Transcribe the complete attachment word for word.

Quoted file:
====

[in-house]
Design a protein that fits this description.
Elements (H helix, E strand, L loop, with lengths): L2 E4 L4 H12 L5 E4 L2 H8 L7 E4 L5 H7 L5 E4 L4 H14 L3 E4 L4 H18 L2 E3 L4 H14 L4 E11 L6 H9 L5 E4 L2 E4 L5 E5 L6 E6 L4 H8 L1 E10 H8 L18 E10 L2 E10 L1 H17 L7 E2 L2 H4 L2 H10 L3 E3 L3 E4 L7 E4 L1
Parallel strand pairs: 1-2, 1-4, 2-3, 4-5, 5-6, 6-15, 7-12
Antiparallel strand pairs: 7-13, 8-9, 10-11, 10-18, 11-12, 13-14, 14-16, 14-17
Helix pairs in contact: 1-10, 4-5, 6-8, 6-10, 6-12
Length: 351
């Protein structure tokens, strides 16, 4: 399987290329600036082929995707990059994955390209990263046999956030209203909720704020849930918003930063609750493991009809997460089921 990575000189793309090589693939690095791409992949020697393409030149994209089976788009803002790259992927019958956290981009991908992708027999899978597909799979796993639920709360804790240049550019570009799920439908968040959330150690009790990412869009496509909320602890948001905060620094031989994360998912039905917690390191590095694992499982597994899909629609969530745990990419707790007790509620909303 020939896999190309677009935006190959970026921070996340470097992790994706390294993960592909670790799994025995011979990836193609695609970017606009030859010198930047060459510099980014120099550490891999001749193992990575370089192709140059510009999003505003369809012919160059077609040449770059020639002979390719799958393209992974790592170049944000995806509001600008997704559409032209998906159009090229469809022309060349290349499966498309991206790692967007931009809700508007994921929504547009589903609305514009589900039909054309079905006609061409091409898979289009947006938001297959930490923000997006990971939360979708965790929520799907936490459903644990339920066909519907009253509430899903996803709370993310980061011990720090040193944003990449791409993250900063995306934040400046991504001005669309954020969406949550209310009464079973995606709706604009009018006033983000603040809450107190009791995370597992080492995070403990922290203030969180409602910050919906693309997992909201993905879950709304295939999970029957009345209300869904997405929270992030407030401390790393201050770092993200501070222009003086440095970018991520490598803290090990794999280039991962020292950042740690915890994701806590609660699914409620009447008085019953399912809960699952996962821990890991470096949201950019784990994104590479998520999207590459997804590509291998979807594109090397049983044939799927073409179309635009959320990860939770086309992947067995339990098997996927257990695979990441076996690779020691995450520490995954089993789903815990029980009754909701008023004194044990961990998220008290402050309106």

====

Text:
[in-house]
Design a protein that fits this description.
Elements (H helix, E strand, L loop, with lengths): L2 E4 L4 H12 L5 E4 L2 H8 L7 E4 L5 H7 L5 E4 L4 H14 L3 E4 L4 H18 L2 E3 L4 H14 L4 E11 L6 H9 L5 E4 L2 E4 L5 E5 L6 E6 L4 H8 L1 E10 H8 L18 E10 L2 E10 L1 H17 L7 E2 L2 H4 L2 H10 L3 E3 L3 E4 L7 E4 L1
Parallel strand pairs: 1-2, 1-4, 2-3, 4-5, 5-6, 6-15, 7-12
Antiparallel strand pairs: 7-13, 8-9, 10-11, 10-18, 11-12, 13-14, 14-16, 14-17
Helix pairs in contact: 1-10, 4-5, 6-8, 6-10, 6-12
Length: 351
């Protein structure tokens, strides 16, 4: 399987290329600036082929995707990059994955390209990263046999956030209203909720704020849930918003930063609750493991009809997460089921 990575000189793309090589693939690095791409992949020697393409030149994209089976788009803002790259992927019958956290981009991908992708027999899978597909799979796993639920709360804790240049550019570009799920439908968040959330150690009790990412869009496509909320602890948001905060620094031989994360998912039905917690390191590095694992499982597994899909629609969530745990990419707790007790509620909303 020939896999190309677009935006190959970026921070996340470097992790994706390294993960592909670790799994025995011979990836193609695609970017606009030859010198930047060459510099980014120099550490891999001749193992990575370089192709140059510009999003505003369809012919160059077609040449770059020639002979390719799958393209992974790592170049944000995806509001600008997704559409032209998906159009090229469809022309060349290349499966498309991206790692967007931009809700508007994921929504547009589903609305514009589900039909054309079905006609061409091409898979289009947006938001297959930490923000997006990971939360979708965790929520799907936490459903644990339920066909519907009253509430899903996803709370993310980061011990720090040193944003990449791409993250900063995306934040400046991504001005669309954020969406949550209310009464079973995606709706604009009018006033983000603040809450107190009791995370597992080492995070403990922290203030969180409602910050919906693309997992909201993905879950709304295939999970029957009345209300869904997405929270992030407030401390790393201050770092993200501070222009003086440095970018991520490598803290090990794999280039991962020292950042740690915890994701806590609660699914409620009447008085019953399912809960699952996962821990890991470096949201950019784990994104590479998520999207590459997804590509291998979807594109090397049983044939799927073409179309635009959320990860939770086309992947067995339990098997996927257990695979990441076996690779020691995450520490995954089993789903815990029980009754909701008023004194044990961990998220008290402050309106």